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QUESTION: Can I get a mortgage without showing tax returns?
ANSWER: With "no doc" and "no ratio" loans it used to be possible to obtain mortgages without showing tax returns or much else to lenders. Such applications today are very difficult to get without a huge down payment and a sky-high credit rating. Lenders can tell you more, but with millions of foreclosure notices going out annually the odds are that you'll be showing lenders lots of paperwork.
QUESTION: As sellers we have agreed to pay $5,000 in buyer closing costs. If the buyer's closing costs are $4,000, will we get back $1,000?
ANSWER: You need to see what the sale agreement actually says. There's a difference between a $5,000 "seller contribution" to the buyer and a promise to pay "up to" $5,000 in buyer closing expenses. In the first case the credit is $5,000 while in the second case it could be less than $5,000 but not more. For specifics, speak with your broker or attorney.
QUESTION: Can I buy an investment property with FHA 203(k) financing?
ANSWER: The type of loan you seek would allow you to first buy property and then have funds to fix it up. The 203(k) program is attractive because acquisition and repair money comes in one loan so you shouldn't need additional financing. Unfortunately, the program has been off-limits to investors since October 1996.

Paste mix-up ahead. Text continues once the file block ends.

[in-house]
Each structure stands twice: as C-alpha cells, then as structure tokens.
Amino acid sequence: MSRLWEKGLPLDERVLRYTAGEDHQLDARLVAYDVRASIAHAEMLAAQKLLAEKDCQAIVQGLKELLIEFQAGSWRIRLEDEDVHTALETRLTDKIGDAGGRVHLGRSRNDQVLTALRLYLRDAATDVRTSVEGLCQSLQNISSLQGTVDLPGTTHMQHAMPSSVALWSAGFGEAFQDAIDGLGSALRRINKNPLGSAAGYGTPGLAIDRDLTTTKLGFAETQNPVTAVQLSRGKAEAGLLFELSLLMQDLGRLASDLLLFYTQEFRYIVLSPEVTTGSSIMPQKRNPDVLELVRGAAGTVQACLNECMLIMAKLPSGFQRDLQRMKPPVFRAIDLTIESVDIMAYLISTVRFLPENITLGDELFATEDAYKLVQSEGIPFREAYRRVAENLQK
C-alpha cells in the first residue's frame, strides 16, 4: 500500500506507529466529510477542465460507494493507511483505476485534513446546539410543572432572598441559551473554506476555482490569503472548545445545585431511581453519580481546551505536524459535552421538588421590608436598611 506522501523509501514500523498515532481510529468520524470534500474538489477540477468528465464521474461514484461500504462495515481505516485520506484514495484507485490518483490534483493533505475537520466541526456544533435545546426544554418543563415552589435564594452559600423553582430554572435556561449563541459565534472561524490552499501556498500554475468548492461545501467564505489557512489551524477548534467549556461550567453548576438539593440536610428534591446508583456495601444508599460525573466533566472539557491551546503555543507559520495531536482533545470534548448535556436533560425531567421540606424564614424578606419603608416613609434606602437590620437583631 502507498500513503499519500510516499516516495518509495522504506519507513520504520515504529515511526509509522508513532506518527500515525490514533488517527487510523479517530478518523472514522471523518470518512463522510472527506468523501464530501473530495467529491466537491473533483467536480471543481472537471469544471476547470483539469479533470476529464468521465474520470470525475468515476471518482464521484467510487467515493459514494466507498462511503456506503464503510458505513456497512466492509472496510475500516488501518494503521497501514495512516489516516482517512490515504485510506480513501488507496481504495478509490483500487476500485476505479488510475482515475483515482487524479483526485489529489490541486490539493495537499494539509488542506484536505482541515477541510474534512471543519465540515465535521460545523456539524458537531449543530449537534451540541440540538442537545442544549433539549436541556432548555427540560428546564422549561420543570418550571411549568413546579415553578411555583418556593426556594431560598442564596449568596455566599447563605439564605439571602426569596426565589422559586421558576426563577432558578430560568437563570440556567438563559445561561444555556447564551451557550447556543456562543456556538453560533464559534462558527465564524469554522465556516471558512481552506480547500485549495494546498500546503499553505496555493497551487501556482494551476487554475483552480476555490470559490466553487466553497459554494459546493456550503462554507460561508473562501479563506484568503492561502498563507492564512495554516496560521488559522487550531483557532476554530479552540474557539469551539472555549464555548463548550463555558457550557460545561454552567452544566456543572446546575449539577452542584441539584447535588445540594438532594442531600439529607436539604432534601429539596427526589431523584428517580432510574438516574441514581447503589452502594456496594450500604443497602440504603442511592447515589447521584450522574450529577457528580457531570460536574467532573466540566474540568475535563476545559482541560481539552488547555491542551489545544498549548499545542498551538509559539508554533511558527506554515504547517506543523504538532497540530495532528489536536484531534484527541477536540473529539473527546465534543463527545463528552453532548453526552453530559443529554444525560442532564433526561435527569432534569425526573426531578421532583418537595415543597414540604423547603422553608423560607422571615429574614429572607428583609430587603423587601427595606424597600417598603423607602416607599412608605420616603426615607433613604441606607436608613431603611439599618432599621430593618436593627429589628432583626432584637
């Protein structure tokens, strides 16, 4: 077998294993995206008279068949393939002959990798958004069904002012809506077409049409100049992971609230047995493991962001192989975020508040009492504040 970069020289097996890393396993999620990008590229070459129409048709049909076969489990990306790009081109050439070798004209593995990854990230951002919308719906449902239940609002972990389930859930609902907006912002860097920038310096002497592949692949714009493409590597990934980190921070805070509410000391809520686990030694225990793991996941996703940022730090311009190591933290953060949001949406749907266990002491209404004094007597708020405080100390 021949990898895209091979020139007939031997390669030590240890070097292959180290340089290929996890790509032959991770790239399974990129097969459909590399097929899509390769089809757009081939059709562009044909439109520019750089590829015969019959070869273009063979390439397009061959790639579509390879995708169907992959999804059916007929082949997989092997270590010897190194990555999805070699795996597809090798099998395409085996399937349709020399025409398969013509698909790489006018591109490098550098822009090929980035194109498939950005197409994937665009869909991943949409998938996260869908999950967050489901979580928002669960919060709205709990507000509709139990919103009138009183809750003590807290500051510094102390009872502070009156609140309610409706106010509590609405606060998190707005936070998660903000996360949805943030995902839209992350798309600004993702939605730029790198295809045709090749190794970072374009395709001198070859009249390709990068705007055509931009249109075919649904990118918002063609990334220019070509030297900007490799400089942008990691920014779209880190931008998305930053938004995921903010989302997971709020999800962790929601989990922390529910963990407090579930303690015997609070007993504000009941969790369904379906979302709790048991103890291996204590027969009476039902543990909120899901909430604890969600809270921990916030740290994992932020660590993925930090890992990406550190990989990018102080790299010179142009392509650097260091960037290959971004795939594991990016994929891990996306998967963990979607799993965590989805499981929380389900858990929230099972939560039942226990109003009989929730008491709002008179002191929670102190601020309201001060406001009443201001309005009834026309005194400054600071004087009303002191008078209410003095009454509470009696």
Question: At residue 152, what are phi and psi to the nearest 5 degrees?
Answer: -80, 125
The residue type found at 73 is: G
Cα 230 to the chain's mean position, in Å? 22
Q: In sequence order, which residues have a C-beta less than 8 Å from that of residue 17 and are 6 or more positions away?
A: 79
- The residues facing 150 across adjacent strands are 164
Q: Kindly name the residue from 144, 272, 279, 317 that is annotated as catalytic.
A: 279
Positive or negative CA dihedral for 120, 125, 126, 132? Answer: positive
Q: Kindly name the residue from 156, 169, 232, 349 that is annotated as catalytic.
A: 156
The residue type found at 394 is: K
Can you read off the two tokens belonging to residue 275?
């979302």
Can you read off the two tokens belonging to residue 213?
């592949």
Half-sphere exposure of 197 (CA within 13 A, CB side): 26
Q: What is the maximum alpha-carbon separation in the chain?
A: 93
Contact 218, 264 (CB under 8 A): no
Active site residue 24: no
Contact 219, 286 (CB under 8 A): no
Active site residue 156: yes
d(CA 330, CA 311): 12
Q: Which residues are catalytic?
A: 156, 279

QUESTION: What do lenders mean when they say my loan will "recast?"
ANSWER: Adjustable-rate loans can be recast in two situations: First after the loan's "start" period and then every few years thereafter to assure that monthly payments are sufficient to repay the debt over the loan term. If the mortgage allows "negative amortization" then the mortgage payments also can be recast after the debt reaches 110 or 125 percent of the original debt. Beware: "neg am" loans that recast can produce steep monthly costs - sometimes double current payments.
Peter G. Miller is the author of The Common-Sense Mortgage and a veteran real estate columnist. Have a question? Please write to firstname.lastname@example.org.View Foreclosure Article Archives
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